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I read this thread Trilateration using 3 latitude and longitude points, and 3 distances explaining about trilateration using 3 latitude and longitude with measured distance.

The problem is I want to find out an unknown target location with only 3 knowns latitude and longitude co-ordinates without knowing each distance point. For example, I have 3 following longitudes and latitudes:

lat="-6.28530175" lon="106.9004975375"
lat="-6.28955287" lon="106.89573839"
lat="-6.28388865789474" lon="106.908087643421"

Thank you very much :)


Based on @D.E.Wright answer I am googling to find out more and I get this following forum http://www.coderanch.com/t/453432/Programming/implement-cell-triangulation-mobile-phones, it gives 3 steps to triangulation. The problem I couldn't understand what he means about "Calculate distance from the first tower based on speed which gives a radius value".

And with @Kirk Kuykendall suggestion I decide to put my 3 lat/long to google map and I get this following image :

Google Maps

Where :
A, B, C : Cell Towers location
A : lat -6.28955287, lon 106.89573839 with cell tower Radius 6000m
B : lat -6.28530175, lon 106.9004975375 with cell tower Radius 6000m, and
C : lat -6.28388865789474, lon 106.908087643421 with cell tower Radius 6000m

Now, with these data can I doing a triangulation to get my real position? And how is the mathematical method? I've try to modify phyton code to remove the distance variable from @wwnick in this thread Trilateration using 3 latitude and longitude points, and 3 distances but until now I couldn't find the answer.

share|improve this question
    
Do you mean you want to find the centroid of a triangle on a sphere? –  Kirk Kuykendall May 27 '11 at 16:08
    
Is the 'Unknown Target' the intersecting point of all three lat/lngs? –  Mapperz May 27 '11 at 16:12
3  
This question cannot be answered with the information given. What is the relationship between the three points and the unknown target location? –  whuber May 27 '11 at 16:51
    
@Kirk Kuykendall & @whuber : Let's say I have information (including longitude, latitude and radius) about my current cell tower and its neighboring (2 neighboring cell towers) from my cell phone, then I want to measure my location with these information. If I use my current cell tower information its accuracy are about 5km, so if I use these 3 cell tower information can I get my accurate position? –  Rendy Siregar May 27 '11 at 17:30
1  
Yes please edit your question to include signal strength. I believe this could be used to help determine location. I suppose the power rating (watts) of each cell tower transmitter would also be a factor, if you have that, please post that too. –  Kirk Kuykendall Jun 6 '11 at 2:40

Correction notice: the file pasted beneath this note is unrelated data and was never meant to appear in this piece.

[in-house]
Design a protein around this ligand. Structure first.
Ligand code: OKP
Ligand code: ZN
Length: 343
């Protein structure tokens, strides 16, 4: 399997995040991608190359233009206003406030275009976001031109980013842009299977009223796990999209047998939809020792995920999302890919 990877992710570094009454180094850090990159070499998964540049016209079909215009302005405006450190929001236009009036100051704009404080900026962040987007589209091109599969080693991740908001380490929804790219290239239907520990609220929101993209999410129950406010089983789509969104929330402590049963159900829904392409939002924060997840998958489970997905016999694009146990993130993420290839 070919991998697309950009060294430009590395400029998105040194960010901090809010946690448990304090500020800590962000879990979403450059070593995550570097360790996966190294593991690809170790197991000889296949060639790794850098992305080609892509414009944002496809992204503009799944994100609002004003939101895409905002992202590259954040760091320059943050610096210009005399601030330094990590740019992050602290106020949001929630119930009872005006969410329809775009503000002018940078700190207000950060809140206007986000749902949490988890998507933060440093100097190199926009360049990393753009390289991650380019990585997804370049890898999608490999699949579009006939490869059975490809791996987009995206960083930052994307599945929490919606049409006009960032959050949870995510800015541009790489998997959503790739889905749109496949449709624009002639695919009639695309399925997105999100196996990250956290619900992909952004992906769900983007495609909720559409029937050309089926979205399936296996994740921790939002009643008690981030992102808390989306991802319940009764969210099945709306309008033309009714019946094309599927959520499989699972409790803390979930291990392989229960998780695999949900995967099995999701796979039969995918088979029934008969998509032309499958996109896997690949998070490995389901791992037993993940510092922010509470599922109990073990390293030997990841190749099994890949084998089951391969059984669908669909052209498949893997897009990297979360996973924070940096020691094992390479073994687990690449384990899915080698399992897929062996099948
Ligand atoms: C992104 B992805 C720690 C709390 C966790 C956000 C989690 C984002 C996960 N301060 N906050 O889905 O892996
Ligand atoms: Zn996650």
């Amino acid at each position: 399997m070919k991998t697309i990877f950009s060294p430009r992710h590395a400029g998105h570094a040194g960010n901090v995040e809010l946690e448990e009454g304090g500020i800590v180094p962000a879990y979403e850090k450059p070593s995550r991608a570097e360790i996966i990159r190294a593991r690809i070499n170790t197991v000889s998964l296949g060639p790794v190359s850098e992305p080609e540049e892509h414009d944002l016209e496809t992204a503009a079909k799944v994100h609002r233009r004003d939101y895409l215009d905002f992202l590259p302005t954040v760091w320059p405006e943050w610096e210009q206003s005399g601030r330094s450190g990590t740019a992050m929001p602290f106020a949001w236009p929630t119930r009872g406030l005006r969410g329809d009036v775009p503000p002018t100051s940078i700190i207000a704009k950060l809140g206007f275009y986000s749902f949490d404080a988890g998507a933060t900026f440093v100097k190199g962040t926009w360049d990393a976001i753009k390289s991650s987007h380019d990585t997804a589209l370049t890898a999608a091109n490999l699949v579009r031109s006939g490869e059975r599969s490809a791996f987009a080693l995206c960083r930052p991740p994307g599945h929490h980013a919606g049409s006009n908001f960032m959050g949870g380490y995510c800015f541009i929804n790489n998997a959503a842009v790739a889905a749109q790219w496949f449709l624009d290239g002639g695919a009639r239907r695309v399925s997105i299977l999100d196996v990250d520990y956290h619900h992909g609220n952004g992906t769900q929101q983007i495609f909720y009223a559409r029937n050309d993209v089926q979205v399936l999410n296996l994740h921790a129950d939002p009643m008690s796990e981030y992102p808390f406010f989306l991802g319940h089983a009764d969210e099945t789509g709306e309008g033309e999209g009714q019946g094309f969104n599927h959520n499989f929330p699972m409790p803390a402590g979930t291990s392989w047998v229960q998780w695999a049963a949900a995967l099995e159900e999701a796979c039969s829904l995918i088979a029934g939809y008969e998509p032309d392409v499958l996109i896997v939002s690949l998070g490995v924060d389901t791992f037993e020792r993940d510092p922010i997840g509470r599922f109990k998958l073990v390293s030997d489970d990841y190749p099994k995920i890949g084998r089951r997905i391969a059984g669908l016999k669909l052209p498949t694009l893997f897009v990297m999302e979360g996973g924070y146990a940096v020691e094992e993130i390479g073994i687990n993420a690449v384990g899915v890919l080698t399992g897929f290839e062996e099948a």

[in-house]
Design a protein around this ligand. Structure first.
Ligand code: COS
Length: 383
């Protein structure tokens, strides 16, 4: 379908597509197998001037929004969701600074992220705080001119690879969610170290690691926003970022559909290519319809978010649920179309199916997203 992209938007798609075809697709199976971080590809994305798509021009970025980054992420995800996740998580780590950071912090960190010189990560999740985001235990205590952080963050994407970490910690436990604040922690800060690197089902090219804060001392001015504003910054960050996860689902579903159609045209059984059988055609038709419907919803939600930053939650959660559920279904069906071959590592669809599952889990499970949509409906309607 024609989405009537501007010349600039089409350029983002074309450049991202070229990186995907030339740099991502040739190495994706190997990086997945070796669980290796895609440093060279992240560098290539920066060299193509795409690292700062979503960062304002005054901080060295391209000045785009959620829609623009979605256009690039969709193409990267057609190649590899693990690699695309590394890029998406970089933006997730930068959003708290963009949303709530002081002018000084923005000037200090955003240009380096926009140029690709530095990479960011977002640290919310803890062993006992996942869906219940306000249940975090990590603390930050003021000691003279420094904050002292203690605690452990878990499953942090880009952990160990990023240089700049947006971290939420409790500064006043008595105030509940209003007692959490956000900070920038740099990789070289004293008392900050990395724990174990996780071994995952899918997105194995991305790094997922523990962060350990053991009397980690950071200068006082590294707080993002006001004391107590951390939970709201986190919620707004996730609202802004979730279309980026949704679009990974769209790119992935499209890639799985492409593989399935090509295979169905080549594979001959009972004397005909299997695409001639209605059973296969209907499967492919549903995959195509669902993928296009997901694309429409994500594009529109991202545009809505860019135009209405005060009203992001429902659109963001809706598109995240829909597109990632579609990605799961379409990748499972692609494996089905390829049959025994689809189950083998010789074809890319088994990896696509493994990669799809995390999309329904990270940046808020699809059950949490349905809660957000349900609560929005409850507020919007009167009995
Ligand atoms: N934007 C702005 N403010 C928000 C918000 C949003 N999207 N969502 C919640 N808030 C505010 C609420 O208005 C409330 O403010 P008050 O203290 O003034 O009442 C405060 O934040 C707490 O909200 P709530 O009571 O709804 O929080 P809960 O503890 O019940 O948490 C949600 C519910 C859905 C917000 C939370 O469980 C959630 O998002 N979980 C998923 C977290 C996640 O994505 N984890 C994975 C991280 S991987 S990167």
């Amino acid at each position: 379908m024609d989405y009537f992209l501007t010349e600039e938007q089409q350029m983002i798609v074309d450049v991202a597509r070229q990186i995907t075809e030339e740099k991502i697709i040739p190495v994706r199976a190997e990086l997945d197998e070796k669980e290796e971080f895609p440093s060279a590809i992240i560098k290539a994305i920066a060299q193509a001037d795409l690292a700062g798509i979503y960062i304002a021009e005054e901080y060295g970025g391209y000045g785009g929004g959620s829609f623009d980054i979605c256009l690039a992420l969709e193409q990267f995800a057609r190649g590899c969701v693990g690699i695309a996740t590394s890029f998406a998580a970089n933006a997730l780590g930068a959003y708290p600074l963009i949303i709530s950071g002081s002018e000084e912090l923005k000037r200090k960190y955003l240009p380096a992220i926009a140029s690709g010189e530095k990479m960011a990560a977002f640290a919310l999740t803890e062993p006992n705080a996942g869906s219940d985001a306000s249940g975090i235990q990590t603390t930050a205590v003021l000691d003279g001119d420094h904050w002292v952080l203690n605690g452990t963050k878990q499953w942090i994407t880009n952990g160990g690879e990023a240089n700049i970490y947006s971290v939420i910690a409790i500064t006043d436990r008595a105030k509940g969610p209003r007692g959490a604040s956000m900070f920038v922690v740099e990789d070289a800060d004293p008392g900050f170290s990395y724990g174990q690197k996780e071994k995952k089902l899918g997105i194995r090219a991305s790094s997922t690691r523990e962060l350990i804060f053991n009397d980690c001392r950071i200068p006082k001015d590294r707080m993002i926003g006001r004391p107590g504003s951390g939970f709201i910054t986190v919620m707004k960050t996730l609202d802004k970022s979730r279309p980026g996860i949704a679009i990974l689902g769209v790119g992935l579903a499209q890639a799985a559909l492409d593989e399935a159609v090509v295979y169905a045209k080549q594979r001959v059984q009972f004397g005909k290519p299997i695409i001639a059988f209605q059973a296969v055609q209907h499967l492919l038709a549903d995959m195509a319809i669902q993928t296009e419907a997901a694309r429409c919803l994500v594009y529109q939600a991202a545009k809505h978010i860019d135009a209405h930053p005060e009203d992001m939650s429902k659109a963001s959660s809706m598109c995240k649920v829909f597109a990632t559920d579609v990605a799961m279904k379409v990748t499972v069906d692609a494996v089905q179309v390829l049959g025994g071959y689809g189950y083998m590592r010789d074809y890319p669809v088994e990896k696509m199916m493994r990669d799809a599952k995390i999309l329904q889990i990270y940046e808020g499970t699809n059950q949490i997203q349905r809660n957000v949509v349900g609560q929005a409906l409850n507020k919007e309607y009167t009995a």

2 Answers 2

Yes, I agree that I don't see how to get exact location without a distance. You would be in this situation:

enter image description here

So you would only be able to tell within a certain area where you were. And that's with only a 1000m buffer (radius). Your 6000m buffer has such an overlap that the potential location would be huge.

The solutions would be to:

  1. Get some sort of distance measurement (even if it's approximate)
  2. Use more cell towers
  3. Use better placed cell towers

By better placed cell towers I mean that these three form a very flat triangle. A more equilateral triangle would give smaller areas of overlap, meaning a more accurate position.

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Mark; when we worked with EMS for these soltutions the answer was not a 100% certain; but your graphic does illustrate what is the industry answer; being the point where the 3 radi cross. –  D.E.Wright May 31 '11 at 16:42
    
Thank you for your illustration. When I request cell neighboring I got more than 3 cell towers, about 4 until 5 cell tower and for each cell tower I also got signal strength level. If it's not possible to calculate without the distance, do you have any resource that related to calculate user position with each cell tower with signal strength given? –  Rendy Siregar Jun 5 '11 at 16:30

Your answer will have you doing concentric circles radiating out from each point; when all three intersect you will have our point. So you may have one radius of 15 miles, one of 10 miles and one of 25 miles, but at a point in space all three will intersect of have a mean point to intersect that will represent you originating point.

In EMS we use this triangulation method from Cell Towers a lot; but its programatic from our side since a cell signal doesn't give your range or bearing you need to use triangulation.

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Is that mean we can doing triangulation if we know each cell tower radius? –  Rendy Siregar May 27 '11 at 17:31
    
If you know the towers locations then yes, you need to have atleast 3 for any degree of accuracy, the more you have the more precise it works. This is how EMS used to track 911 calls from Cells before the mandatory GPS signaling. –  D.E.Wright May 27 '11 at 18:12
    
How do you do triangulation without distance? –  Sean May 27 '11 at 19:39
    
You simply need to expand from your point outwards until you have your circles intersect. Each point in the Cell example is a radio transmitter that can't always give you a distance. So you are relying on the other points and there offset radi to intersect with eachother to tell you where the target point is. –  D.E.Wright May 27 '11 at 19:44
    
@DE Makes sense, but this approach assumes you are equidistant from all three points. That assumption doesn't sound tenable. One could create polygons around each cell tower showing where it can be "heard" and intersect all three polygons to narrow down a location, but going further than that requires more data. –  whuber May 27 '11 at 20:20

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